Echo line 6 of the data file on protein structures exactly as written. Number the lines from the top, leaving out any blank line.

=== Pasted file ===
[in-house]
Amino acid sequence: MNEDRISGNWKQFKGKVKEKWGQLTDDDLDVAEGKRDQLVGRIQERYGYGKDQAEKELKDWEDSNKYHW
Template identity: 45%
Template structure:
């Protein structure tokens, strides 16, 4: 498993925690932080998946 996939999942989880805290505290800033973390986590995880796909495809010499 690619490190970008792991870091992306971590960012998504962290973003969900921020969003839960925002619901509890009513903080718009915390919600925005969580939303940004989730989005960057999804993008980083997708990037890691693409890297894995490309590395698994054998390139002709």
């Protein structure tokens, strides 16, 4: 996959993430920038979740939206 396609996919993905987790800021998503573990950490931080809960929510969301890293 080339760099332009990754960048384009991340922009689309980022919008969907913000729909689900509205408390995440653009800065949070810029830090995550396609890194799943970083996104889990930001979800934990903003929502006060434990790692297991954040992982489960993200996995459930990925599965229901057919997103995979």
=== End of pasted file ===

């Protein structure tokens, strides 16, 4: 996959993430920038979740939206 396609996919993905987790800021998503573990950490931080809960929510969301890293 080339760099332009990754960048384009991340922009689309980022919008969907913000729909689900509205408390995440653009800065949070810029830090995550396609890194799943970083996104889990930001979800934990903003929502006060434990790692297991954040992982489960993200996995459930990925599965229901057919997103995979």